Occupant Satisfaction, Fire Alarm, Networks and Security
Buildings enable their occupants to work, play, meet, shop, sleep, eat, socialize, educate, learn and a host of other activities. This involves their comfort, both physically and psychologically. Considerations such as thermal comfort, appropriate lighting for the occupants' activity, control of lighting and air distribution, workspace layouts and the technology systems make it easier for the occupants to complete their tasks. The physiological effect may relate to the building's image, appearance, and aesthetics.
The primary job of the fire alarm system is to warn building occupants of a fire so that they can safely evacuate the premises. The fire alarm system is one main component of a larger fire protection system. True fire protection encompasses mechanical systems, electrical systems, structural attributes, and architectural aspects such as means of egress. These may include: fire sprinklers that discharge water when a fire has been detected or a predetermined temperature has been exceeded. The structural and architectural aspects of the building play a part in fire protection. The building must be fire-rated and have a fire resistant structure, as well as intuitive means of egress for occupants.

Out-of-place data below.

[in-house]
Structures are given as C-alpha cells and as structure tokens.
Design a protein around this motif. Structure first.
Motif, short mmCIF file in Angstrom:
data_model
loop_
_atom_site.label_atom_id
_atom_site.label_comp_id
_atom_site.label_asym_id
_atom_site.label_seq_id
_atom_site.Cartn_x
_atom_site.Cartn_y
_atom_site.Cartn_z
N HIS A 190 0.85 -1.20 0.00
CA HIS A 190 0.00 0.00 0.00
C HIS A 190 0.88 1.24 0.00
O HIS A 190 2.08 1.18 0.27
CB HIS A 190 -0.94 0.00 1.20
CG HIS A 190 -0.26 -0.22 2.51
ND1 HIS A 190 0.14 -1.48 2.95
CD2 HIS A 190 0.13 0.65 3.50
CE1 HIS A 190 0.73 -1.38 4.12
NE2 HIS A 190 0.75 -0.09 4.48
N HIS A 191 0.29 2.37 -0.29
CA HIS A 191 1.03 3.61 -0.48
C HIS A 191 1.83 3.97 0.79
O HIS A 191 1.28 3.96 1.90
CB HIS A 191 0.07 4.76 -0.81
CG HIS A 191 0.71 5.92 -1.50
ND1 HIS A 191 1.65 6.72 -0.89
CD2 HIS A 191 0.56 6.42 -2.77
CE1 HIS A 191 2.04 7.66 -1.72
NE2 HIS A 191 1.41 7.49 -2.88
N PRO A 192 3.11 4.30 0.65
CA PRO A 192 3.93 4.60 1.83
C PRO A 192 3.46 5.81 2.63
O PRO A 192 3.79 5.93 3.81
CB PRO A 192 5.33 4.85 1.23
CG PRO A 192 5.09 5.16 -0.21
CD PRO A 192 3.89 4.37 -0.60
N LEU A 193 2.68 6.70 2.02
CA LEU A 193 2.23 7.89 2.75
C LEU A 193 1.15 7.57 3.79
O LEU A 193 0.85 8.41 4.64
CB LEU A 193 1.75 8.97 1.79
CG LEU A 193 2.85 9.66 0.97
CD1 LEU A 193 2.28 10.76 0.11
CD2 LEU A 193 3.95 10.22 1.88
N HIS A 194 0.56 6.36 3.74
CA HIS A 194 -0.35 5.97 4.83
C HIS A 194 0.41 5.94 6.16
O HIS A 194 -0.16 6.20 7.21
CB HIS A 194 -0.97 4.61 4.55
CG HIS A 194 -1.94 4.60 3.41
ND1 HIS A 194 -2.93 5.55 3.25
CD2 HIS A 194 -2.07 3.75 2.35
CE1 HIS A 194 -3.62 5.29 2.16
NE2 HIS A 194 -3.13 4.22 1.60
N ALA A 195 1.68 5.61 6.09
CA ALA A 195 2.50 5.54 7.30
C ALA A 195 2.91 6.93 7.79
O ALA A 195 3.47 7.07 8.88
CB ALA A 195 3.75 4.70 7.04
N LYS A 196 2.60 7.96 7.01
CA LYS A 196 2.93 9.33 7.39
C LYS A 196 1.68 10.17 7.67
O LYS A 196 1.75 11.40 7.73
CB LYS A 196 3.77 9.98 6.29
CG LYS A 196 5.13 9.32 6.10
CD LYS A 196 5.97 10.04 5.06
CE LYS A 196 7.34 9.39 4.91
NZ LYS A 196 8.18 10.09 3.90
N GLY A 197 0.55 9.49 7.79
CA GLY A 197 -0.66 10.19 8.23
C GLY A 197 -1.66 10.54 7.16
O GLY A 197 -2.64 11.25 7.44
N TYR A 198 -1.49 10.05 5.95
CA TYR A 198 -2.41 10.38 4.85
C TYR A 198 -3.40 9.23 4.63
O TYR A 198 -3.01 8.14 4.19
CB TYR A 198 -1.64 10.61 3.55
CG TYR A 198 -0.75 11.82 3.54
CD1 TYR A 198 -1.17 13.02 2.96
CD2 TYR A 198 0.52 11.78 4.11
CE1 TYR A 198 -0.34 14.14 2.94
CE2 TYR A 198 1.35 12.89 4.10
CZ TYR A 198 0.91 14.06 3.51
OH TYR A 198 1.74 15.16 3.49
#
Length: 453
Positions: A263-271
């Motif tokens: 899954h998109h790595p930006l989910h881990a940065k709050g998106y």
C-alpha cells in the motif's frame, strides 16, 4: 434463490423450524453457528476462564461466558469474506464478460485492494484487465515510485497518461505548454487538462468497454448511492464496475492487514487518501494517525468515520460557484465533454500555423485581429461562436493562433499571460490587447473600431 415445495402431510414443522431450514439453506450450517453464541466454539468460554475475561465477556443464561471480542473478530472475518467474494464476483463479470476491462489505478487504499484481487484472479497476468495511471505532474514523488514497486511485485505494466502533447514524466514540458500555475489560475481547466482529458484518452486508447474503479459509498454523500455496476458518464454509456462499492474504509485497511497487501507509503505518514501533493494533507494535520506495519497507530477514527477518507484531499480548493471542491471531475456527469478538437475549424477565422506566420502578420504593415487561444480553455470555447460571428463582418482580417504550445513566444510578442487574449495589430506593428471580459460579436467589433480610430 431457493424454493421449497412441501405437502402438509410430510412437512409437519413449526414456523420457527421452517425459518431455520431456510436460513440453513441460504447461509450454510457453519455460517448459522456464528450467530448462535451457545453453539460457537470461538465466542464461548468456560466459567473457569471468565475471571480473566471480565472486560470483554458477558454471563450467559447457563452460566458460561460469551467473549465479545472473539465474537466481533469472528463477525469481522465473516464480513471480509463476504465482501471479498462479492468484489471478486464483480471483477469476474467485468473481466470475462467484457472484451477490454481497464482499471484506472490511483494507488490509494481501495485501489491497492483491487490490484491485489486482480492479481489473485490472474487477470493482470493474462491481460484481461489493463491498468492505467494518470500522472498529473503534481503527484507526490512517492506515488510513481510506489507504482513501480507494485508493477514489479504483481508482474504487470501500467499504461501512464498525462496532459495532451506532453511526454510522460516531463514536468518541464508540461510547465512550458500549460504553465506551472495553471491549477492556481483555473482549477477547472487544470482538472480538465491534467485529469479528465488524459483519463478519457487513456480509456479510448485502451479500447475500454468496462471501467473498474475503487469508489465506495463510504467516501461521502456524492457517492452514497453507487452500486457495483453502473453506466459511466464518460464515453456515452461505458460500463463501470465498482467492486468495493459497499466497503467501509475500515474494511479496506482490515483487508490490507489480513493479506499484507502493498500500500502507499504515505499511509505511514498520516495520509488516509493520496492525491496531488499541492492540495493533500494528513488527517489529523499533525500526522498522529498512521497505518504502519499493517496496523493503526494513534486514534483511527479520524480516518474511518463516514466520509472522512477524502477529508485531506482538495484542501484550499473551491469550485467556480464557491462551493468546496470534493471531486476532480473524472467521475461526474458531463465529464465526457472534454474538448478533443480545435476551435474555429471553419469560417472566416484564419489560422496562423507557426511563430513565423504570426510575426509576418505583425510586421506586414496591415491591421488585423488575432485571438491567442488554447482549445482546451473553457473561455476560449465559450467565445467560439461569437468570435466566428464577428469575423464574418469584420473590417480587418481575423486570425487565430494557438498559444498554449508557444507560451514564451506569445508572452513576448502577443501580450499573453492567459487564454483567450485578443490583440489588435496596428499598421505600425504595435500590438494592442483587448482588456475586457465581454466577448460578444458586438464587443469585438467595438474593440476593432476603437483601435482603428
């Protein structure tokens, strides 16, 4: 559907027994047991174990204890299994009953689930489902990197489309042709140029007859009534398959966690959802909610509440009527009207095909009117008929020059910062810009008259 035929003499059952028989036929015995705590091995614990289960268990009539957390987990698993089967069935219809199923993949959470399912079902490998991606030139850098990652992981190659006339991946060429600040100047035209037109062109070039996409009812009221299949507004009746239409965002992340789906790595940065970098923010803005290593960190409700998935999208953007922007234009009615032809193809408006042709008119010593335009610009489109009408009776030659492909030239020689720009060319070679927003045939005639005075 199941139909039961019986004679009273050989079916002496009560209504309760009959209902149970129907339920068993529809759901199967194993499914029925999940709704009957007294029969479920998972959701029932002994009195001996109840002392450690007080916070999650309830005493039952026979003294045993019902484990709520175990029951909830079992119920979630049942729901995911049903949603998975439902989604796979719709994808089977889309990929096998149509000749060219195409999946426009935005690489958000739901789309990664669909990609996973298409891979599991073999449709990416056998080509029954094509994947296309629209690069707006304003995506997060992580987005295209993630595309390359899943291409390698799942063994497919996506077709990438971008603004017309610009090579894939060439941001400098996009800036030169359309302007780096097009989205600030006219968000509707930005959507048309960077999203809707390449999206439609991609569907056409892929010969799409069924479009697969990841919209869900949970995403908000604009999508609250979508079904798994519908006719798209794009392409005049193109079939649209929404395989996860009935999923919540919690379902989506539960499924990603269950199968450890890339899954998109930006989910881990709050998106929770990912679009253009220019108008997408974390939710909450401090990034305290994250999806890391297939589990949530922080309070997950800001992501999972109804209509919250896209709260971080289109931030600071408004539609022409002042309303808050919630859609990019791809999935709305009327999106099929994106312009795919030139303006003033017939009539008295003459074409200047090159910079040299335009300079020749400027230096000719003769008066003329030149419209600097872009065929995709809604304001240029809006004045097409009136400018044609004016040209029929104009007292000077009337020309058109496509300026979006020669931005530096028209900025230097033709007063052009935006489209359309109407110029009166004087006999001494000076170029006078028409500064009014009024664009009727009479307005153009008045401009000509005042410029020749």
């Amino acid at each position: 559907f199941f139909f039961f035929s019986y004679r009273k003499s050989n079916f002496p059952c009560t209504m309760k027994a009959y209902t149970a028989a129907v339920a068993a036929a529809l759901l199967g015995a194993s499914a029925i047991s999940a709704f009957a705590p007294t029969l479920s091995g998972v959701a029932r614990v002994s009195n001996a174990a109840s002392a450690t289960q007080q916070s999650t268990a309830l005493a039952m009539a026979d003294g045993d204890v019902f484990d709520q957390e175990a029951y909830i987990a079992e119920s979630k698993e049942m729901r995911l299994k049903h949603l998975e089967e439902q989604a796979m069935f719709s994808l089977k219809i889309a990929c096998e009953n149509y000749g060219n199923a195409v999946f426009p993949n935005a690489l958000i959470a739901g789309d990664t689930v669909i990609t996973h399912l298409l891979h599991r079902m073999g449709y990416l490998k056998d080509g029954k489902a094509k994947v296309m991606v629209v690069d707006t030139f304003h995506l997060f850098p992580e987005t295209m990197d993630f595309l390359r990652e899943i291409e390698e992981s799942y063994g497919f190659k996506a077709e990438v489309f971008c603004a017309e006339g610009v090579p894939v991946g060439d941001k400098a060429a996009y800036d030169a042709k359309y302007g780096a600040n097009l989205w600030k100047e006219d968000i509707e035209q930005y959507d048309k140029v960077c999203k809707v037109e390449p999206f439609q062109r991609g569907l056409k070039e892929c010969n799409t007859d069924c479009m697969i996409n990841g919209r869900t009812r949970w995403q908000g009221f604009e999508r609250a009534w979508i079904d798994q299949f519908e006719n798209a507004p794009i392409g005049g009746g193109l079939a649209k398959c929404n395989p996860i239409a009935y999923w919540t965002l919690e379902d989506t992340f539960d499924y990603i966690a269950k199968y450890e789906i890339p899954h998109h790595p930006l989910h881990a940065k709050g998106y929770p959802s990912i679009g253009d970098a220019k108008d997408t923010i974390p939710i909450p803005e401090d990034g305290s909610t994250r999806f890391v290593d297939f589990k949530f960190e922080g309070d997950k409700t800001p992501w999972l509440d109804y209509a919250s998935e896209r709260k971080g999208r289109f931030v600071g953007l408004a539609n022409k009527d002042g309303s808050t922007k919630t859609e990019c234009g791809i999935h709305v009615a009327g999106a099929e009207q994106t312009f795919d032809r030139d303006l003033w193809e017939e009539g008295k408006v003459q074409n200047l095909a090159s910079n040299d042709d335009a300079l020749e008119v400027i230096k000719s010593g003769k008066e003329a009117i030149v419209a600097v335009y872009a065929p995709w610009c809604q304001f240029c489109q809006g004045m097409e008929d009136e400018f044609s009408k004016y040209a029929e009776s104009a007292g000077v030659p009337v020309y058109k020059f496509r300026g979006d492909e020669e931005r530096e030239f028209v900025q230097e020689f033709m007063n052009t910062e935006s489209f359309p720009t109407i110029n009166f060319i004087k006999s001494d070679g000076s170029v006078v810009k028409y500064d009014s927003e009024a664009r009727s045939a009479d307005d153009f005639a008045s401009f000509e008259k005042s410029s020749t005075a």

Network and Security
The building automation industry now has legitimate and reasonable concerns regarding the security of building control systems, especially in smart buildings where advanced technology is deployed. This apprehension is amplified in newer buildings because of increased penetration of IT infrastructure in building control systems. The overarching security concern is primarily about network security and less about physical security, although the two are certainly related.